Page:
I’ve seen so many photos and videos online where foreign teachers have captured moments with their Thai students. The issue I have is whether this interferes with child safety and other protection issues.
Pictures can say a thousand words but also they can be used for the wrong reasons. Taking pictures or video of children without their parent’s consent should raise concerns.
Health and safety gone mad? Do we read too much into a simple photo? Where should we draw the line in terms of what is acceptable for teachers to do with students?
Would you want your kid’s photo shared online?
If you had a child and their teacher was taking their photo and sharing it online would you be happy?
I probably would be if it was on an official school account. If my kid had won a badminton tournament at school and was photographed collecting a trophy I’d be proud. If they were photographed with their teacher in a random class photo and pasted across Instagram, Twitter and Facebook on their teacher’s private social media account, I’d be marching to the school office demanding to know why this was allowed to happen.
If my kid’s teacher had posted a photo with my child to talk about how they were “influencing” students here or “spreading the word” of whoever then I’d be angry. If they were leveraging photos of school children for likes, followers, retweets and whatever else I’d think that was pretty disgusting.
Children can’t consent
Can children who are five, nine or thirteen consent to their photos or video footage going onto social media? No, they can’t. Their parents can if they are shown the images and sign off on them.
These days it’s so quick and easy to add photos or video to social media but, as teachers, we need to think if it’s the right thing to do.
I hope your school has a social media policy which protects children and their rights.
Are you taking pictures of your under-18 students to put on social media? Are you showing friends back home what you’re up to whilst in the classroom in Thailand? If so then I’d suggest that this behavior wouldn’t be tolerated in your home country. In fact, as mentioned above, many parents would be calling for your head. However as a foreigner you’ll probably get away with it here.
Try doing this in the West and you’ll be on the fast track to a firing. Many organizations put social media photo postings of students on the list of ultimate no-nos for teachers. Here it seems many foreigners get away with it.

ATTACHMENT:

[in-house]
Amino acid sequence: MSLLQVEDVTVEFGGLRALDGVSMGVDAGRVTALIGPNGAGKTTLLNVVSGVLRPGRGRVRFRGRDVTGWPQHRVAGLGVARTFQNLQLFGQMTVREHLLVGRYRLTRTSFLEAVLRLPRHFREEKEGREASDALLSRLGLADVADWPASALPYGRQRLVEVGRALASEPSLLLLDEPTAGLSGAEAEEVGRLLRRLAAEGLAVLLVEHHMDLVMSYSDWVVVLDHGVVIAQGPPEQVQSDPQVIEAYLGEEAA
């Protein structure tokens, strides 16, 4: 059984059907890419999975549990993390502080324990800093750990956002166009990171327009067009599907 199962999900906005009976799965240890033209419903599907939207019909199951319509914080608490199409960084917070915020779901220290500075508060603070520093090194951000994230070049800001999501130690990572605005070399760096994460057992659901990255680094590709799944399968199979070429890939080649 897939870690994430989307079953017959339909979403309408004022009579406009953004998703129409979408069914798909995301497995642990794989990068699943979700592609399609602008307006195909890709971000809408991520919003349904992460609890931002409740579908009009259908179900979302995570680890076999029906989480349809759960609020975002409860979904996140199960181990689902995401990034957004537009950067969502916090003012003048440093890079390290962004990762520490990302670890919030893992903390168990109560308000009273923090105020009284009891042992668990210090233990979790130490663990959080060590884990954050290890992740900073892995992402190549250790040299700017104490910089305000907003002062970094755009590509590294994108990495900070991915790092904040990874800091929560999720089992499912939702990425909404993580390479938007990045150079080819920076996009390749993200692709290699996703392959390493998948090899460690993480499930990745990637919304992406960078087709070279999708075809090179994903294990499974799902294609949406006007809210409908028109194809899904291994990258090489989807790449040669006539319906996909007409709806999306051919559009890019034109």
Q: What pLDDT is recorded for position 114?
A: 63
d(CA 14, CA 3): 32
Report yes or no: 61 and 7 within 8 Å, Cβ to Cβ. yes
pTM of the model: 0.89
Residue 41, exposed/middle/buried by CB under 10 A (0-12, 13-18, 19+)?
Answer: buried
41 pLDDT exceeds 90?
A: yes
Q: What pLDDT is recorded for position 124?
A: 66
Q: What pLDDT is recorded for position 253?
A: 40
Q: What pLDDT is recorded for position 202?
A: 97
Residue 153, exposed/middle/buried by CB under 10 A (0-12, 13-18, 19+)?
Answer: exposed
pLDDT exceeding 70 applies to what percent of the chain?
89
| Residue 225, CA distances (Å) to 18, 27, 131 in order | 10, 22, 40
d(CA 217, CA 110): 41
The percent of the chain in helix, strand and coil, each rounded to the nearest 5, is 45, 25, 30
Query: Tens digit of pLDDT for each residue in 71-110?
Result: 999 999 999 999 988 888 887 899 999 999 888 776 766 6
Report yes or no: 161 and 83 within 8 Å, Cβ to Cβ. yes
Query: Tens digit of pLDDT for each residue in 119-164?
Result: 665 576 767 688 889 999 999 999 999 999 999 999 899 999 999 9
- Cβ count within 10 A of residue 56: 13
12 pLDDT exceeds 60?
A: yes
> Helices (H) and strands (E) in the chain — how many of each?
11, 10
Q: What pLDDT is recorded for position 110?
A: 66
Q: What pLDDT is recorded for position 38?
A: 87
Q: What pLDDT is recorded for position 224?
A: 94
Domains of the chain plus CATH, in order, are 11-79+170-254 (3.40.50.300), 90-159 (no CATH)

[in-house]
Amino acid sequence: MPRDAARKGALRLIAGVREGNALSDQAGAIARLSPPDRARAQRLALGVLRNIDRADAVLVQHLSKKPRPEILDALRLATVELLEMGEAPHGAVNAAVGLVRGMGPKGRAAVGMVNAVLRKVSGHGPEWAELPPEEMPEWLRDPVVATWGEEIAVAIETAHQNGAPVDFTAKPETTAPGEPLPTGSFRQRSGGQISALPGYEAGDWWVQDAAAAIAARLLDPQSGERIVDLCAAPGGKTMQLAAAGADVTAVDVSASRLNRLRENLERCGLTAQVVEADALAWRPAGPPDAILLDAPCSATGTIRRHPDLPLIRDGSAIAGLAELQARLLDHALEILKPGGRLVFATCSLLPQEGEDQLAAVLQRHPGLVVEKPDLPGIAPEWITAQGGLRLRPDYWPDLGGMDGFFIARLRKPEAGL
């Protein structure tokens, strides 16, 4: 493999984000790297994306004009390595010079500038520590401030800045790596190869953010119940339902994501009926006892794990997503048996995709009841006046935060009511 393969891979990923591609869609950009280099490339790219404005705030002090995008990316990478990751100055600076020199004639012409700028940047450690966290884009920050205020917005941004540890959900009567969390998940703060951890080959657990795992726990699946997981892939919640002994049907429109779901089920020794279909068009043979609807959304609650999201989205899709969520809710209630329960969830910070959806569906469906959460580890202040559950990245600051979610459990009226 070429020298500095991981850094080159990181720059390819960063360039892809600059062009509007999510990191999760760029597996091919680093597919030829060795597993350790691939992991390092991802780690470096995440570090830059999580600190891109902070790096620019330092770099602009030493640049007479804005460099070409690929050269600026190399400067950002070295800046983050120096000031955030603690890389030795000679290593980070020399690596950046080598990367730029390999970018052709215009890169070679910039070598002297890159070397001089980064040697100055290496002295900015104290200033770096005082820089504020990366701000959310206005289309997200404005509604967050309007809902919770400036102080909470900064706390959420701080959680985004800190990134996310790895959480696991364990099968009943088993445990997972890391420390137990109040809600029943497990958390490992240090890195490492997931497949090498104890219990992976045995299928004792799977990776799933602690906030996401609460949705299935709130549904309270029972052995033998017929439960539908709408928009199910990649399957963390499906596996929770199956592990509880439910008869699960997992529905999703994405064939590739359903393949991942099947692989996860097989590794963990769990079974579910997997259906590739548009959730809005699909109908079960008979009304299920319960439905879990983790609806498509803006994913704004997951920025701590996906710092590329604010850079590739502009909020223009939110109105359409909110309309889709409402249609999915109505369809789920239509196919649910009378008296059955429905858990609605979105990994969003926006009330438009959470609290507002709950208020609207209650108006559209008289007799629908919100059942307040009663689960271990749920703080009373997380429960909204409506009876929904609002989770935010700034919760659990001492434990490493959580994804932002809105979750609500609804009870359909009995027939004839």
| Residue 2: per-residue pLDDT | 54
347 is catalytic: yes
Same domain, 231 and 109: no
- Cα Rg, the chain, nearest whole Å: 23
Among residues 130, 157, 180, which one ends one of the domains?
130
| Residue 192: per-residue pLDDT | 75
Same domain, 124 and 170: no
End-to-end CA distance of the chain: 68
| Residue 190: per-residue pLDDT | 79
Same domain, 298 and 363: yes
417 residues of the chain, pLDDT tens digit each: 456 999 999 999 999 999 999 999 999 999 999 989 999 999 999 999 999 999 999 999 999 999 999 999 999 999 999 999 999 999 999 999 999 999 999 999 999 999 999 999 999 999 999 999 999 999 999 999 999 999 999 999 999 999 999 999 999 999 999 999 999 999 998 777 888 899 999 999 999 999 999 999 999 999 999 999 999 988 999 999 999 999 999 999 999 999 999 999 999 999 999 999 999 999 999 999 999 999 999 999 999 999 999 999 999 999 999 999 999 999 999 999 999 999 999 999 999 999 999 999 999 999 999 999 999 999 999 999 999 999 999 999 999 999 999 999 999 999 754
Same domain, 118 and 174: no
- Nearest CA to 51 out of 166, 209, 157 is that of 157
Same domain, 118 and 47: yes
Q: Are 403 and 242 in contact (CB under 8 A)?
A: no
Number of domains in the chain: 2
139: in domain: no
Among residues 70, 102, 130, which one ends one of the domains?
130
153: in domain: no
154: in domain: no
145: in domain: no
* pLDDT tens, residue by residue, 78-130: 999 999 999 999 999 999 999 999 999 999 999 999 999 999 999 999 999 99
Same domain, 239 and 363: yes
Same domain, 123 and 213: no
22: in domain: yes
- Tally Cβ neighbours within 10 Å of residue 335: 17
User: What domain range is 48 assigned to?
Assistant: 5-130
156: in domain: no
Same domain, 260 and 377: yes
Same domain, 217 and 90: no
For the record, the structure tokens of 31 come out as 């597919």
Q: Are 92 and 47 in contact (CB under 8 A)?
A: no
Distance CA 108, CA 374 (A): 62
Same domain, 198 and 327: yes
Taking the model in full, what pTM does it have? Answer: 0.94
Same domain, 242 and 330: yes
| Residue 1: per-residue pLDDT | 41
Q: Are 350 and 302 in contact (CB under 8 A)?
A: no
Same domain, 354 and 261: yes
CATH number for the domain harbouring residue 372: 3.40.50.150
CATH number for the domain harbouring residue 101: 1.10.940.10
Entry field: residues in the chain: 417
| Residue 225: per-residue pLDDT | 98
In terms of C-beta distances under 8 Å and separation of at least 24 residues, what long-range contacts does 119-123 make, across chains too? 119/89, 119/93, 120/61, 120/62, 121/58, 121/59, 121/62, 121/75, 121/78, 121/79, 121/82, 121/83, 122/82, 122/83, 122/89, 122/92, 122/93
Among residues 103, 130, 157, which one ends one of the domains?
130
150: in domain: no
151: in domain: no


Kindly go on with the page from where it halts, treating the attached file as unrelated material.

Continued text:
Your friends know you’re in Thailand, you don’t need to put pictures of under-18s on your social media. Put that picture of you wearing elephant pants online, show yourself eating sticky rice, blog about your annoyances with the visa process but leave the pictures of students under 18 off the internet.
Adults have rights too
It’s not just children who have rights when it comes to you uploading photos and videos online. You should get consent from adult students too.
Perhaps you won’t get as many complaints from adult students about their photos being put online and they have the ability to say no to being in pictures. However, perhaps they don’t know you’ll be adding these photos to social media.
You should at least check with students if they are happy to add their photo online. In some countries you’ll need students to sign a waiver to put their photos online.
Social Media Restraint
I’d be very careful when it comes to posting anything about your students or school online. There are lots of examples of teachers here putting things online directly about their students or schools and getting into trouble.
Posting photos of students, especially under-18s, is a big risk and something which should be avoided. Think about what you’re doing when positing pictures of children online. It might be totally innocent but these children do have rights and as a teacher you should respect those.
Check with your school what their policy is in regards to taking photos and video of students and if there isn’t one try to get one made. Students are there to learn from teachers, not to be the stars of the teacher’s social media feeds.
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